COVID-19: Almost a Year Later, Steps to Help Cope
More than 400,000 people have died from COVID-19 in this country since the pandemic began and some public health experts predict the death toll could hit 500,000 people by the end of February. In fact, the United States has seen more total coronavirus deaths than anywhere else in the world.
Each of these tragic losses leaves behind loved ones who are grieving, and the American Red Cross has developed its Virtual Family Assistance Center (VFAC) to support them. People can visit the center and find a support hub for those struggling with loss and grief due to the pandemic. The Red Cross Integrated Condolence Care Program offers special virtual programs, information, referrals and services to support families in need.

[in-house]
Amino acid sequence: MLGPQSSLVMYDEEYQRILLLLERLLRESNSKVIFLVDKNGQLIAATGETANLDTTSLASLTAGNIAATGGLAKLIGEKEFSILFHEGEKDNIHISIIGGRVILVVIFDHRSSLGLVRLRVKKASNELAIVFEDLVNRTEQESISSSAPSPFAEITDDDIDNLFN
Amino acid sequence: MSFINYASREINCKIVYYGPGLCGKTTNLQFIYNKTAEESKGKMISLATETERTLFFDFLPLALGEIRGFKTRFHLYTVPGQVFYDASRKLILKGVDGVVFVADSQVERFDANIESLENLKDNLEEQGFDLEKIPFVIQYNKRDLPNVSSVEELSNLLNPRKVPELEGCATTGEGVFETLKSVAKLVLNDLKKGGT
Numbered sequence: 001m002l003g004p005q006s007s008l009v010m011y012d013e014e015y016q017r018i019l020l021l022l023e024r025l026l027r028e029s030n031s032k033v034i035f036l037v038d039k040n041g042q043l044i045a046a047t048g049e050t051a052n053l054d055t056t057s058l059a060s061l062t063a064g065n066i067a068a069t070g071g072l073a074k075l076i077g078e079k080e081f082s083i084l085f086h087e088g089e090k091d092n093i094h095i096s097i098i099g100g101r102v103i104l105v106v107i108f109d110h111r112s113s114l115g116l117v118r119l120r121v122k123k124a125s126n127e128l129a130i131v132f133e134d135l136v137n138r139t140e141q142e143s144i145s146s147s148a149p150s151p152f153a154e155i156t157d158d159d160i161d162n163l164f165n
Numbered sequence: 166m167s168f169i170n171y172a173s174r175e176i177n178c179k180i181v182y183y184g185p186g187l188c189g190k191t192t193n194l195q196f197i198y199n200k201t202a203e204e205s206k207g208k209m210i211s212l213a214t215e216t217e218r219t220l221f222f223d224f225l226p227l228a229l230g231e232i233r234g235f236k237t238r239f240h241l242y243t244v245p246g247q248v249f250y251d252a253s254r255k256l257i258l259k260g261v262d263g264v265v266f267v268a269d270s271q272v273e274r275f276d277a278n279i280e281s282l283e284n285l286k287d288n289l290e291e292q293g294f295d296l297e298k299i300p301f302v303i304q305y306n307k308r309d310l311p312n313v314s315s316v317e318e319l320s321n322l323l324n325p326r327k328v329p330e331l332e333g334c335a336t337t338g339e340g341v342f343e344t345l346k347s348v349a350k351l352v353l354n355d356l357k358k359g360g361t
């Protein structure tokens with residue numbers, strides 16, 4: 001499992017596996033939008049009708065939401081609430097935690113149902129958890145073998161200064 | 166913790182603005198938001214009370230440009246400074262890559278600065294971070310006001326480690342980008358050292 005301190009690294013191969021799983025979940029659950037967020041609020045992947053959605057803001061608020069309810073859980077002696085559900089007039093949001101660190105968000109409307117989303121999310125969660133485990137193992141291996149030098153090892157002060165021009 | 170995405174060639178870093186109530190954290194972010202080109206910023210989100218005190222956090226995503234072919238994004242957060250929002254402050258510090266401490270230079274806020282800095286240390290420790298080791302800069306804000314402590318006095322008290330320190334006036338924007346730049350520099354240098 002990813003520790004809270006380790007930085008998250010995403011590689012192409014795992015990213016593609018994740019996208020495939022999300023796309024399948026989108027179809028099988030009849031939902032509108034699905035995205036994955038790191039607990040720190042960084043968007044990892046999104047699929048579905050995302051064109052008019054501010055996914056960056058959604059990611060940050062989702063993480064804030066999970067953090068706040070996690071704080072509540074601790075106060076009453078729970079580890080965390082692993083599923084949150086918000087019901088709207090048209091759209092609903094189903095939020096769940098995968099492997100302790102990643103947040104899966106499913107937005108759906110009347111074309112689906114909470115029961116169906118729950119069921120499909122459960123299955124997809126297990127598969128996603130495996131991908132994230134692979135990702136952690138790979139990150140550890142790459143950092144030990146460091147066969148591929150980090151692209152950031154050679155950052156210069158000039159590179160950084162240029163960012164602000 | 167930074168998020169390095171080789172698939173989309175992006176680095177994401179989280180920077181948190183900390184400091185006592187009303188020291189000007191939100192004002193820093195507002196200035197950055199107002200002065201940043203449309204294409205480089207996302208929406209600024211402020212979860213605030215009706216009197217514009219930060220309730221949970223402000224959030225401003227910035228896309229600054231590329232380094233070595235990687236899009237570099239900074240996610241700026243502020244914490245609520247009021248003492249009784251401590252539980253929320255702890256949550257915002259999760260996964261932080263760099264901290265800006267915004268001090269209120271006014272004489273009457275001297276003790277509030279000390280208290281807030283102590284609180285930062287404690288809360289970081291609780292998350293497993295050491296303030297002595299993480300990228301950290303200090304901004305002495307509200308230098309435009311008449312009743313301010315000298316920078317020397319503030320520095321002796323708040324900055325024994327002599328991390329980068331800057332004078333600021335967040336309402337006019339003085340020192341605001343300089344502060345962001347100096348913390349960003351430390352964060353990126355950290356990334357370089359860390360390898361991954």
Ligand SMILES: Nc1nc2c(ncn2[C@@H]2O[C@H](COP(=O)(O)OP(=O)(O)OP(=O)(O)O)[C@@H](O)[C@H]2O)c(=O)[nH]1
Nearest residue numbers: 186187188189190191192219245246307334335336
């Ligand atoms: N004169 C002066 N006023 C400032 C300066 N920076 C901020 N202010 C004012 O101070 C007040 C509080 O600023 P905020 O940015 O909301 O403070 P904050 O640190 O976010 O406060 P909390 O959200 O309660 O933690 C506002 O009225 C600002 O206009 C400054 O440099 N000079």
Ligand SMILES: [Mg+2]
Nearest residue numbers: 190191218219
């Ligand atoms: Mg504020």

STRESSFUL TIMES This last year has been particularly stressful for everyone. As many as 24,126,100 people (as of January 19) in the U.S. have become infected, more than 10 million are out of work, masks have become the norm and we have all learned how to social distance.
All of this can lead to strong emotions and anxiety. For instance, social distancing and staying home can make you feel lonely and isolated. Your financial situation or loss of employment can lead to fear and worry. Many of us are concerned about our own health and that of our loved ones.
Being exposed to the virus can lead to its own set of problems. Having COVID-19 is stressful as is the monitoring that goes with it. It is stressful to be separated from others and you may be frustrated because friends or loved ones are afraid you will give the virus to them. You may worry about being re-infected or feel guilty about not working or taking care of your children.